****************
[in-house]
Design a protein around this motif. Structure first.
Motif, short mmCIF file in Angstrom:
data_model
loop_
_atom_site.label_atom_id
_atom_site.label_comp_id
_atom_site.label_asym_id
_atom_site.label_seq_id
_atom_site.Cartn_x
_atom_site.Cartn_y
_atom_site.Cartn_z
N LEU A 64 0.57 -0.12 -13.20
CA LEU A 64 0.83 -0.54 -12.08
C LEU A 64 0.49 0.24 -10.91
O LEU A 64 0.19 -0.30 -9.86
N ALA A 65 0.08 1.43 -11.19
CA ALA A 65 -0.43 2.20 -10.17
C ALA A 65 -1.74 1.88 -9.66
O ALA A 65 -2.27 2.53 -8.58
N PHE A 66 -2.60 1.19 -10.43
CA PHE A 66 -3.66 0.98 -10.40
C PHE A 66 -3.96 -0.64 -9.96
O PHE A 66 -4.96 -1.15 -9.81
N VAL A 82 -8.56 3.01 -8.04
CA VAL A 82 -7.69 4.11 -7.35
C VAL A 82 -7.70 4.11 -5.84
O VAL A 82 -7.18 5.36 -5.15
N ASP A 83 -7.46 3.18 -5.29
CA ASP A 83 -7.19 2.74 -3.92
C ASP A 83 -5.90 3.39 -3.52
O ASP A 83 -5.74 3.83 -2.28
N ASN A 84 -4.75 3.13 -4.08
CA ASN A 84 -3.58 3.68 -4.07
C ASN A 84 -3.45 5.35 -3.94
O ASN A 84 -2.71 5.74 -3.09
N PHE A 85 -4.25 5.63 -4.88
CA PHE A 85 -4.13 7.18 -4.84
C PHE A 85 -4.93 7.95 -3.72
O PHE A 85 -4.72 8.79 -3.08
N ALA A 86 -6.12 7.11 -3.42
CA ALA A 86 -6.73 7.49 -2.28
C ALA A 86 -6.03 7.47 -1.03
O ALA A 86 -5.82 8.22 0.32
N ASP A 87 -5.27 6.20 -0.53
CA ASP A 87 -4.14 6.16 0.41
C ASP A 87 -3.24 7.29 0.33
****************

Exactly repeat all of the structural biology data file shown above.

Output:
[in-house]
Design a protein around this motif. Structure first.
Motif, short mmCIF file in Angstrom:
data_model
loop_
_atom_site.label_atom_id
_atom_site.label_comp_id
_atom_site.label_asym_id
_atom_site.label_seq_id
_atom_site.Cartn_x
_atom_site.Cartn_y
_atom_site.Cartn_z
N LEU A 64 0.57 -0.12 -13.20
CA LEU A 64 0.83 -0.54 -12.08
C LEU A 64 0.49 0.24 -10.91
O LEU A 64 0.19 -0.30 -9.86
N ALA A 65 0.08 1.43 -11.19
CA ALA A 65 -0.43 2.20 -10.17
C ALA A 65 -1.74 1.88 -9.66
O ALA A 65 -2.27 2.53 -8.58
N PHE A 66 -2.60 1.19 -10.43
CA PHE A 66 -3.66 0.98 -10.40
C PHE A 66 -3.96 -0.64 -9.96
O PHE A 66 -4.96 -1.15 -9.81
N VAL A 82 -8.56 3.01 -8.04
CA VAL A 82 -7.69 4.11 -7.35
C VAL A 82 -7.70 4.11 -5.84
O VAL A 82 -7.18 5.36 -5.15
N ASP A 83 -7.46 3.18 -5.29
CA ASP A 83 -7.19 2.74 -3.92
C ASP A 83 -5.90 3.39 -3.52
O ASP A 83 -5.74 3.83 -2.28
N ASN A 84 -4.75 3.13 -4.08
CA ASN A 84 -3.58 3.68 -4.07
C ASN A 84 -3.45 5.35 -3.94
O ASN A 84 -2.71 5.74 -3.09
N PHE A 85 -4.25 5.63 -4.88
CA PHE A 85 -4.13 7.18 -4.84
C PHE A 85 -4.93 7.95 -3.72
O PHE A 85 -4.72 8.79 -3.08
N ALA A 86 -6.12 7.11 -3.42
CA ALA A 86 -6.73 7.49 -2.28
C ALA A 86 -6.03 7.47 -1.03
O ALA A 86 -5.82 8.22 0.32
N ASP A 87 -5.27 6.20 -0.53
CA ASP A 87 -4.14 6.16 0.41
C ASP A 87 -3.24 7.29 0.33